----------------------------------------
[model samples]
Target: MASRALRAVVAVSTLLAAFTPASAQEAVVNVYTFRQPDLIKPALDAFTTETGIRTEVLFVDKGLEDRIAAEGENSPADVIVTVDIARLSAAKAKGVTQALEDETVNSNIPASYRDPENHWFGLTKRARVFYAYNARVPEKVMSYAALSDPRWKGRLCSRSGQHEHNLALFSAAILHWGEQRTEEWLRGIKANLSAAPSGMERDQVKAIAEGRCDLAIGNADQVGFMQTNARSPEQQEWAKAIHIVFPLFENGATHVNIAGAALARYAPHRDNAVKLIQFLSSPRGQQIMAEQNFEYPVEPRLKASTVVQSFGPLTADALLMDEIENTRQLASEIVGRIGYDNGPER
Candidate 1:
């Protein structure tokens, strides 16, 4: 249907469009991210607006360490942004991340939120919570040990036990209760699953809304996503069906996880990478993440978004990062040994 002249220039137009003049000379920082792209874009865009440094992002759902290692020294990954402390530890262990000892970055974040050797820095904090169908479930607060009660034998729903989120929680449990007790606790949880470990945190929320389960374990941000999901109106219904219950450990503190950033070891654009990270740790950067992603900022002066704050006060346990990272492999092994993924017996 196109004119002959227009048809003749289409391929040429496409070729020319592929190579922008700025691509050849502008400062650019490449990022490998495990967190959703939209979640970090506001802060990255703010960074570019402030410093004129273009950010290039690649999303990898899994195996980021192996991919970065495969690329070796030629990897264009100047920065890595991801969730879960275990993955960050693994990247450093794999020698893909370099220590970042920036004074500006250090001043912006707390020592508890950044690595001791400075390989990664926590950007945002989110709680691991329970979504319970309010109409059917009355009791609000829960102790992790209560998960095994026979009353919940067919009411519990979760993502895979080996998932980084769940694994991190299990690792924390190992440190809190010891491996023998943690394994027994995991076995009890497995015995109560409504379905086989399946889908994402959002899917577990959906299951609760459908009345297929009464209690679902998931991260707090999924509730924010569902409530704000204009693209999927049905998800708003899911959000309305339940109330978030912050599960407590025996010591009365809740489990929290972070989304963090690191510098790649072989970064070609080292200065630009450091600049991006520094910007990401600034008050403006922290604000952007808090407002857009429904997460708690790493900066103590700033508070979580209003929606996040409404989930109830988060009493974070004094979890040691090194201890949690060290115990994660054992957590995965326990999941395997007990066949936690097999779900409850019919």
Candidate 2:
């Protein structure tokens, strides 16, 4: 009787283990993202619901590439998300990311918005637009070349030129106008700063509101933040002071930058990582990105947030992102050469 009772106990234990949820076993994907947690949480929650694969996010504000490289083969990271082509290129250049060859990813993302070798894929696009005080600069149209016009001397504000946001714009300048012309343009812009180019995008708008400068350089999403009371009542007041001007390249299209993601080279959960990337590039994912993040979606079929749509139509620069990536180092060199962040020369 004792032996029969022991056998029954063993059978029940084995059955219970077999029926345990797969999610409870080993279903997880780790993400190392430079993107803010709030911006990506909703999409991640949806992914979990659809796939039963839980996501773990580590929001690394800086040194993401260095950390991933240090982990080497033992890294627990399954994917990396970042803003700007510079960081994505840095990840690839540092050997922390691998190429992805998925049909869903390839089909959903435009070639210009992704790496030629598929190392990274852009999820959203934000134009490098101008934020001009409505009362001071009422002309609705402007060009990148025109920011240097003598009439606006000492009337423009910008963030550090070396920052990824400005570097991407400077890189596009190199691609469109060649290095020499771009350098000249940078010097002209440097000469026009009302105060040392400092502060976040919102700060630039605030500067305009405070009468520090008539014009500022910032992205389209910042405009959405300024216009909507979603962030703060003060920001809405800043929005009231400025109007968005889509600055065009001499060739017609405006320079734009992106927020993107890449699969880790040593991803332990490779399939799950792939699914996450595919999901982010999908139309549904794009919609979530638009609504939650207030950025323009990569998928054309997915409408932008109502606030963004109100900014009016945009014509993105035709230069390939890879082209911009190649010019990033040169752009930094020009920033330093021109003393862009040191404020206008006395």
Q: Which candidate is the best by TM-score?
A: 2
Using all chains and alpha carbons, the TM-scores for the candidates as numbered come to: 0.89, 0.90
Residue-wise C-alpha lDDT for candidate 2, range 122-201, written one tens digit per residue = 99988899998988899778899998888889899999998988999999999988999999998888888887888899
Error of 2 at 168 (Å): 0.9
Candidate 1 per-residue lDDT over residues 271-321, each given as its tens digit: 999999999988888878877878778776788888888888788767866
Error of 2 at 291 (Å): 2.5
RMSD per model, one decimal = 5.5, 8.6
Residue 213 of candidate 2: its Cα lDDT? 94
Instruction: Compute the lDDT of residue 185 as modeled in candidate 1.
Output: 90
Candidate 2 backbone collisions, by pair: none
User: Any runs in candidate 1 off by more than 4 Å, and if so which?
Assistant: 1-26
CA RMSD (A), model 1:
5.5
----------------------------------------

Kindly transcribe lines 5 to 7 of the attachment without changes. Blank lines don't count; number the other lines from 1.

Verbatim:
Candidate 2:
């Protein structure tokens, strides 16, 4: 009787283990993202619901590439998300990311918005637009070349030129106008700063509101933040002071930058990582990105947030992102050469 009772106990234990949820076993994907947690949480929650694969996010504000490289083969990271082509290129250049060859990813993302070798894929696009005080600069149209016009001397504000946001714009300048012309343009812009180019995008708008400068350089999403009371009542007041001007390249299209993601080279959960990337590039994912993040979606079929749509139509620069990536180092060199962040020369 004792032996029969022991056998029954063993059978029940084995059955219970077999029926345990797969999610409870080993279903997880780790993400190392430079993107803010709030911006990506909703999409991640949806992914979990659809796939039963839980996501773990580590929001690394800086040194993401260095950390991933240090982990080497033992890294627990399954994917990396970042803003700007510079960081994505840095990840690839540092050997922390691998190429992805998925049909869903390839089909959903435009070639210009992704790496030629598929190392990274852009999820959203934000134009490098101008934020001009409505009362001071009422002309609705402007060009990148025109920011240097003598009439606006000492009337423009910008963030550090070396920052990824400005570097991407400077890189596009190199691609469109060649290095020499771009350098000249940078010097002209440097000469026009009302105060040392400092502060976040919102700060630039605030500067305009405070009468520090008539014009500022910032992205389209910042405009959405300024216009909507979603962030703060003060920001809405800043929005009231400025109007968005889509600055065009001499060739017609405006320079734009992106927020993107890449699969880790040593991803332990490779399939799950792939699914996450595919999901982010999908139309549904794009919609979530638009609504939650207030950025323009990569998928054309997915409408932008109502606030963004109100900014009016945009014509993105035709230069390939890879082209911009190649010019990033040169752009930094020009920033330093021109003393862009040191404020206008006395």
Q: Which candidate is the best by TM-score?